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Get creative to change behaviour

Last year CCE commissioned some research with YouGov which found that 64% of consumers view recycling as ‘a moral and environmental duty’.

This, and other indicators in our dealings with partners, customers and industry, point towards the rise of sustainable packaging on the consumer agenda.

People buy products in wrappers, bottles or boxes every day and, of course, once the contents have been consumed, it is the customer who has the responsibility of discarding leftover packaging.

Although the UK may be one of the most rapidly improving EU countries when it comes to household recycling rates, there remains a real need for continued growth and transformation in our recycling behaviour and processes.  

While it is impossible not to use packaging for products such as soft drinks, it is important for individual businesses and the wider industry to recognise their role in ensuring such materials are used, and reused, in an efficient and sustainable way. As a manufacturer and producer of 12 billion bottles and cans a year, we know we have as big a responsibility as anyone to better understand recycling behaviours.

Gaining a better understanding of consumer attitudes is of fundamental importance in CCE’s efforts to improve the sustainability of packaging. In 2014, we completed a six-month study in partnership with the University of Exeter to delve into the dynamics that drive waste and recycling behaviours within the home.

Among the many findings, the ‘Recycle for the Future’ project found that most households do not have an accurate understanding of what happens to their waste once it has been collected, with many not realising that their recycled items are converted into other products or packaging. This is a clear indication of the importance of consumers understanding the story behind the bottle or can in their hand. 

A key route to developing this understanding is to make recycling and its benefits tangible for consumers. During the Christmas holiday, in partnership with Every Can Counts, we utilised the success of the Coca-Cola Christmas truck tour by adding a new recycling element to help educate and engage consumers.

As well as the practical element of collecting used material from those visiting the tour, volunteers from CCE and Every Can Counts were on hand to pose quiz questions to visitors alongside ‘did you know?’ recycling facts. This approach allowed us to discuss recycling with the public in a fun and memorable way.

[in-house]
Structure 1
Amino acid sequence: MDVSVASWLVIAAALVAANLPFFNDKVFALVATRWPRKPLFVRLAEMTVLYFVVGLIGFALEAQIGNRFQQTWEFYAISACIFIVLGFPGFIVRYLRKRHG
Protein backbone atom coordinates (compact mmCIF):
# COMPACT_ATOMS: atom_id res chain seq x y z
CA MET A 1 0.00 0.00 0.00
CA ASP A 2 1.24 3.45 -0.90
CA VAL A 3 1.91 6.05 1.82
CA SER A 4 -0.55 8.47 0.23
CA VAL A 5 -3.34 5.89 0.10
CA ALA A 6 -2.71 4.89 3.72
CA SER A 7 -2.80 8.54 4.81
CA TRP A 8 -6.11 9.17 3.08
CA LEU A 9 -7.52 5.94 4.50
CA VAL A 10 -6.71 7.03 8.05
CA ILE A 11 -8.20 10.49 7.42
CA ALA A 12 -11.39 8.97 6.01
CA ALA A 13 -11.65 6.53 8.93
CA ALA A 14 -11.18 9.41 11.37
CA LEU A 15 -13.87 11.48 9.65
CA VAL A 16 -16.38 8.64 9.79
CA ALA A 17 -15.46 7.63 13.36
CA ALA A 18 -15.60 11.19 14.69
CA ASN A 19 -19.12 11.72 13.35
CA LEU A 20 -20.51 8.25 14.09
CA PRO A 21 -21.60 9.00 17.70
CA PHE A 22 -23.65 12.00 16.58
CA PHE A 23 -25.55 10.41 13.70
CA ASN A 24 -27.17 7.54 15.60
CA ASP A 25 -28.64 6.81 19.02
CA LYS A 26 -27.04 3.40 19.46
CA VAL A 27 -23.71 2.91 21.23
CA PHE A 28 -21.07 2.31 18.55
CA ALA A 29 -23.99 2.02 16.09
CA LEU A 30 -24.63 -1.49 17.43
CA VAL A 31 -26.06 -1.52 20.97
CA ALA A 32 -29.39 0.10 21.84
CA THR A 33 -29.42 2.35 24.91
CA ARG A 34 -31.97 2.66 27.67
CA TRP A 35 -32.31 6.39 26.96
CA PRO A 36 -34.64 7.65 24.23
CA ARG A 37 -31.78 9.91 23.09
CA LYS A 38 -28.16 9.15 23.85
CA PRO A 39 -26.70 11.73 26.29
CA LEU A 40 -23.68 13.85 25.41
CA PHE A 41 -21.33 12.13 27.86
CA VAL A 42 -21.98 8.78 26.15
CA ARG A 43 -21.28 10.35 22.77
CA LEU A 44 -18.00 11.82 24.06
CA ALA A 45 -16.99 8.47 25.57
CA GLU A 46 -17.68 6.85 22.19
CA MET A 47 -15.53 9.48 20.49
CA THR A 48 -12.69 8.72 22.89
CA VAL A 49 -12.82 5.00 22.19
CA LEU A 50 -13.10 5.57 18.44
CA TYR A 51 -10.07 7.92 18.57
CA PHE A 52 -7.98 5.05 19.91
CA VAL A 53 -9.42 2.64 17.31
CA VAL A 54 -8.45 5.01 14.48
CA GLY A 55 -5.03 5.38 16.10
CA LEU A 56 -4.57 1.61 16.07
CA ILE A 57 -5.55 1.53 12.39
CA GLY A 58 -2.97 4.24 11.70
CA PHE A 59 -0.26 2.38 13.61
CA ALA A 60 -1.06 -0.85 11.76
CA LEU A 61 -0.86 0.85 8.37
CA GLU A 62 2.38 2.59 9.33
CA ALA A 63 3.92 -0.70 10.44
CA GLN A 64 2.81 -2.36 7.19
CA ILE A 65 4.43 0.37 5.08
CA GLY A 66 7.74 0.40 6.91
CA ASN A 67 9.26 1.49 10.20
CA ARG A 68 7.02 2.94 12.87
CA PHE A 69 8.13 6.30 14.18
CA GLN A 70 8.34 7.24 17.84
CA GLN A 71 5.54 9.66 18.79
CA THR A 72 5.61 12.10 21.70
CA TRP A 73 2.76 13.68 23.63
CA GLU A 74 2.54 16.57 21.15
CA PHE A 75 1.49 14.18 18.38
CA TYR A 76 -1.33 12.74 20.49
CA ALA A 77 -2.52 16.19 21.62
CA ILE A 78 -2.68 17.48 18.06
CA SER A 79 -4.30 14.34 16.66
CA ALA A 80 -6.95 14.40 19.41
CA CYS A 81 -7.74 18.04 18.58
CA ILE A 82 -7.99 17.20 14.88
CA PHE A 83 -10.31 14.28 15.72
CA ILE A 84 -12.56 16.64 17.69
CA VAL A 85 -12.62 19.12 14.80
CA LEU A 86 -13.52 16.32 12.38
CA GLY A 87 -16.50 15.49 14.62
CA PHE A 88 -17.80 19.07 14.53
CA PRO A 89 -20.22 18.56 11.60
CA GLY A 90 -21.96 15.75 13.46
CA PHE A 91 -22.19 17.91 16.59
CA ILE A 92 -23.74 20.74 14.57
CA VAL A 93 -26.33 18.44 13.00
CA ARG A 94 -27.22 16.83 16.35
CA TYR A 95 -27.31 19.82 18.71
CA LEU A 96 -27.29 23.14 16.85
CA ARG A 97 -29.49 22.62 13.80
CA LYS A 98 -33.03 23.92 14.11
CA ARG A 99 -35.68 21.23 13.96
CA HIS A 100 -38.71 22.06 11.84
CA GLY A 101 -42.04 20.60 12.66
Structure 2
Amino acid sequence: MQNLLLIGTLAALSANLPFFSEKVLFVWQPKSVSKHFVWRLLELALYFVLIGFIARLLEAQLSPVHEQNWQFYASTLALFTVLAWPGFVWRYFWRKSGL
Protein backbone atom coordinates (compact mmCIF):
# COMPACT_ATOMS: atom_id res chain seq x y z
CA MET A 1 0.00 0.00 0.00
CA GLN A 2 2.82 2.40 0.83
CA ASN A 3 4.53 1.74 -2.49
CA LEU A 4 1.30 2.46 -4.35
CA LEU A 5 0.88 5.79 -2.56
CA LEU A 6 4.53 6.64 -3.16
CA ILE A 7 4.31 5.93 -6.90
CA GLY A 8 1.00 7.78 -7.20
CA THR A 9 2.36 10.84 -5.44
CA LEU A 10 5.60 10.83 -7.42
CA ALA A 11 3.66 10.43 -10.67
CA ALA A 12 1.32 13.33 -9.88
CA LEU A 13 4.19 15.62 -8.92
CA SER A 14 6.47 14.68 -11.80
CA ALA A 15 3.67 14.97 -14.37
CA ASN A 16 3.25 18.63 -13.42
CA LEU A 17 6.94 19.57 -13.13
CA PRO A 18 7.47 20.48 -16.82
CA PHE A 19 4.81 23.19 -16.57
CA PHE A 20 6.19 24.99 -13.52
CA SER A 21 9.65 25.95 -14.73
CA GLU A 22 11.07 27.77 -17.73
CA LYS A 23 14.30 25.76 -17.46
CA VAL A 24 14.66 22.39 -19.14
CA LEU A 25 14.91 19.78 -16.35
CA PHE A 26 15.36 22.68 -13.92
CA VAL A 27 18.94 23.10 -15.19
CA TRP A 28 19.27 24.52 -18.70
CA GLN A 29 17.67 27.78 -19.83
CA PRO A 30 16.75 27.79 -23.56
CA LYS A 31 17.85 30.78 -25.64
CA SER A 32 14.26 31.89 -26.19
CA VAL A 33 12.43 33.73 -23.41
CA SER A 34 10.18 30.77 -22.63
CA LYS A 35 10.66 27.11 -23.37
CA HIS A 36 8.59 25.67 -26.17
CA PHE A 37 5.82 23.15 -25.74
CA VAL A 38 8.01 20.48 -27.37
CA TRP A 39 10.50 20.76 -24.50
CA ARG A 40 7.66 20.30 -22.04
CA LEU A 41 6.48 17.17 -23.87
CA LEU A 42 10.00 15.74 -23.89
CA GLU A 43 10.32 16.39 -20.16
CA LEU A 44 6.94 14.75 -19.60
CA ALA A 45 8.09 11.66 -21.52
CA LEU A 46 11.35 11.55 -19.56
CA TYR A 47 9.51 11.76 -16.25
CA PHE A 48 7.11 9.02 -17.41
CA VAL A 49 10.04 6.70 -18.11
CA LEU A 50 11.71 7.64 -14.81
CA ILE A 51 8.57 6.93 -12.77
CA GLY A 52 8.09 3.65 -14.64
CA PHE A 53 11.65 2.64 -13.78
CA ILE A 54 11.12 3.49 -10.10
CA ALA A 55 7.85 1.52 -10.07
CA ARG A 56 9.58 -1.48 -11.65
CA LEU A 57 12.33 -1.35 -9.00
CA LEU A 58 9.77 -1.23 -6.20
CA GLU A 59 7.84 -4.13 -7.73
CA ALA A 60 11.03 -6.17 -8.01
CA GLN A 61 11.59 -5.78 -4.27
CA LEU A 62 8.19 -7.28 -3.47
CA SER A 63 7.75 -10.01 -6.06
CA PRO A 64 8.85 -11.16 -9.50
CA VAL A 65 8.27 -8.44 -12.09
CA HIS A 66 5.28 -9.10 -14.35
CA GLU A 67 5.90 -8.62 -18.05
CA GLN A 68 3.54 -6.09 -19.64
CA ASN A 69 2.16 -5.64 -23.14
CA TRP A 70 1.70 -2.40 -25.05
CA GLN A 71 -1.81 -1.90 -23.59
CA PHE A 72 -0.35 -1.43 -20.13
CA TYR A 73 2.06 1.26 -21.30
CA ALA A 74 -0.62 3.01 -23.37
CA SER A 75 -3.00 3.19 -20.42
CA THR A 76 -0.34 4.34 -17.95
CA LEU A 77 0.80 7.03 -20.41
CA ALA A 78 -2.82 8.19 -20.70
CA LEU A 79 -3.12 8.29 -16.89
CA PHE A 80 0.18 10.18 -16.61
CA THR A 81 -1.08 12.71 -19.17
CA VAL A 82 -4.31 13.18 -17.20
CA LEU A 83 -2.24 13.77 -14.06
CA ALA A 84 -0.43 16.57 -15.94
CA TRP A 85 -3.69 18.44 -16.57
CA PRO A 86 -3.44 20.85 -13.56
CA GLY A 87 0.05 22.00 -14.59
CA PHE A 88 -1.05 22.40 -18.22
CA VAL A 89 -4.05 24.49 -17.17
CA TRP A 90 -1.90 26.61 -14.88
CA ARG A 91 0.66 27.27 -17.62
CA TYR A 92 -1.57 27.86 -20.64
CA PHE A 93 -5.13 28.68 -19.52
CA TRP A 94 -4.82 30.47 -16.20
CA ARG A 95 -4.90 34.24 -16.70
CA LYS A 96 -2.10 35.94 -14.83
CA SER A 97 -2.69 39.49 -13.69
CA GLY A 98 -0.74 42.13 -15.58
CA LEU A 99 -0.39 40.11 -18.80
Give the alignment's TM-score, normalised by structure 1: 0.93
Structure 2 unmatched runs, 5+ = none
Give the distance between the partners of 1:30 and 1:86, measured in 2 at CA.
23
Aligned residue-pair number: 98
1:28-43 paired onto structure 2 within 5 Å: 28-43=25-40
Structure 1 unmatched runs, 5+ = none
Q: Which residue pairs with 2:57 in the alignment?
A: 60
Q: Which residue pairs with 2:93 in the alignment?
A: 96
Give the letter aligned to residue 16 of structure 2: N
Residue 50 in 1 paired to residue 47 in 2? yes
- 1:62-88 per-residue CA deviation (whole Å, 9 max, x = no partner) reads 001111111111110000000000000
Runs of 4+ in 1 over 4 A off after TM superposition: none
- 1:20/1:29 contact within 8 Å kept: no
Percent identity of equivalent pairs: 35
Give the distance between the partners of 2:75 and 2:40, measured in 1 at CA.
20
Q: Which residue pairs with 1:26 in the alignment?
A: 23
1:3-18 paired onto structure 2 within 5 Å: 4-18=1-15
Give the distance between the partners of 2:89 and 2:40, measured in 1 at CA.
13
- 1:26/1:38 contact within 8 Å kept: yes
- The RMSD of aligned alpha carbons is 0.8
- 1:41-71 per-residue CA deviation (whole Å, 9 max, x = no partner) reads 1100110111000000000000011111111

By leading by example through responsible collection, and providing useful tips on how to recycle more at home, we can help consumers to overcome some of the confusion around which materials can and cannot be recycled. Engaging consumers in this way has been a tried and tested method used by CCE and one that always yields results, whether at music festivals or the London 2012 Olympics.

We aim to take an industry-leading position to inspire positive behaviour change in consumers when it comes to household waste, drawing on our insights and research to find new ways of bringing these to life. For example our recent ‘Recycling is the Answer’ joint campaign with Tesco saw us offer general tips on recycling and was based on the principles of pledging as well as the tactic of ‘social norming’ – the integration of a new behaviour habit as an accepted standard of behaviour.   

Coke CCE

Echoed in our Christmas truck tour, we have found that measures such as these to both educate and encourage positive behaviour are very effective and, more importantly, providing information in a credible, relevant and engaging way can be key to this success.

The UK has seen impressive progress made across the industry in the past decade but there is still a long way to go. Only by better understanding the motivations behind consumer recycling behaviour and how to encourage positive change where it is needed, will the industry begin to see a marked change.

I therefore encourage the industry to think more creatively this year about how they can inspire change in consumers for a greener future. How can we, as an industry, continue to break down the barriers to more sustainable behaviours by showing the simple ways everyone can contribute to the lifecycle of reused materials? I’d be interested to hear your thoughts at @CokeCCE.

Giustina Diana is recycling manager at Coca-Cola Enterprises GB

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